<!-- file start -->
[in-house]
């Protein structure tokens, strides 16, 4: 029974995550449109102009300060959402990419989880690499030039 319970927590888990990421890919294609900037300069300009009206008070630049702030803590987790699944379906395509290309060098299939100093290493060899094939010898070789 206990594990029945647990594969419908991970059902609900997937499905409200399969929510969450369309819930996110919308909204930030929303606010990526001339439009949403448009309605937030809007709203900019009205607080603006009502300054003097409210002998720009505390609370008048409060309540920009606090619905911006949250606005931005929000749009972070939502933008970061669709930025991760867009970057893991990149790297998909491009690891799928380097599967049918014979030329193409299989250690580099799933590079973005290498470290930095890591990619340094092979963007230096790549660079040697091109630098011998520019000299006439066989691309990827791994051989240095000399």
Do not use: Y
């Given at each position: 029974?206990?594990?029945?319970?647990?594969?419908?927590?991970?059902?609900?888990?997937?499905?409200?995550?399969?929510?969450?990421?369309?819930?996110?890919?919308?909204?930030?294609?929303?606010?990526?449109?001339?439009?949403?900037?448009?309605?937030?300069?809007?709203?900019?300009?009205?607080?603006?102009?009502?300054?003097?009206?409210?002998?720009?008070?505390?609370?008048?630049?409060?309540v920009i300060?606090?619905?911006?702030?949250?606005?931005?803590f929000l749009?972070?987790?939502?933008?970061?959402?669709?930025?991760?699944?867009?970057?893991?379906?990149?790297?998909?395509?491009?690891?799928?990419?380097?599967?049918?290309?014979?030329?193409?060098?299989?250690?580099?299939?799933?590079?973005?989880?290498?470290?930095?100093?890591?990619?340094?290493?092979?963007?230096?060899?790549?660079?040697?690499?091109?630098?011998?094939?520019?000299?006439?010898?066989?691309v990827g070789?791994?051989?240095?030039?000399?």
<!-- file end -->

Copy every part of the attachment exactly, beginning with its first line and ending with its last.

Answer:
[in-house]
């Protein structure tokens, strides 16, 4: 029974995550449109102009300060959402990419989880690499030039 319970927590888990990421890919294609900037300069300009009206008070630049702030803590987790699944379906395509290309060098299939100093290493060899094939010898070789 206990594990029945647990594969419908991970059902609900997937499905409200399969929510969450369309819930996110919308909204930030929303606010990526001339439009949403448009309605937030809007709203900019009205607080603006009502300054003097409210002998720009505390609370008048409060309540920009606090619905911006949250606005931005929000749009972070939502933008970061669709930025991760867009970057893991990149790297998909491009690891799928380097599967049918014979030329193409299989250690580099799933590079973005290498470290930095890591990619340094092979963007230096790549660079040697091109630098011998520019000299006439066989691309990827791994051989240095000399």
Do not use: Y
């Given at each position: 029974?206990?594990?029945?319970?647990?594969?419908?927590?991970?059902?609900?888990?997937?499905?409200?995550?399969?929510?969450?990421?369309?819930?996110?890919?919308?909204?930030?294609?929303?606010?990526?449109?001339?439009?949403?900037?448009?309605?937030?300069?809007?709203?900019?300009?009205?607080?603006?102009?009502?300054?003097?009206?409210?002998?720009?008070?505390?609370?008048?630049?409060?309540v920009i300060?606090?619905?911006?702030?949250?606005?931005?803590f929000l749009?972070?987790?939502?933008?970061?959402?669709?930025?991760?699944?867009?970057?893991?379906?990149?790297?998909?395509?491009?690891?799928?990419?380097?599967?049918?290309?014979?030329?193409?060098?299989?250690?580099?299939?799933?590079?973005?989880?290498?470290?930095?100093?890591?990619?340094?290493?092979?963007?230096?060899?790549?660079?040697?690499?091109?630098?011998?094939?520019?000299?006439?010898?066989?691309v990827g070789?791994?051989?240095?030039?000399?």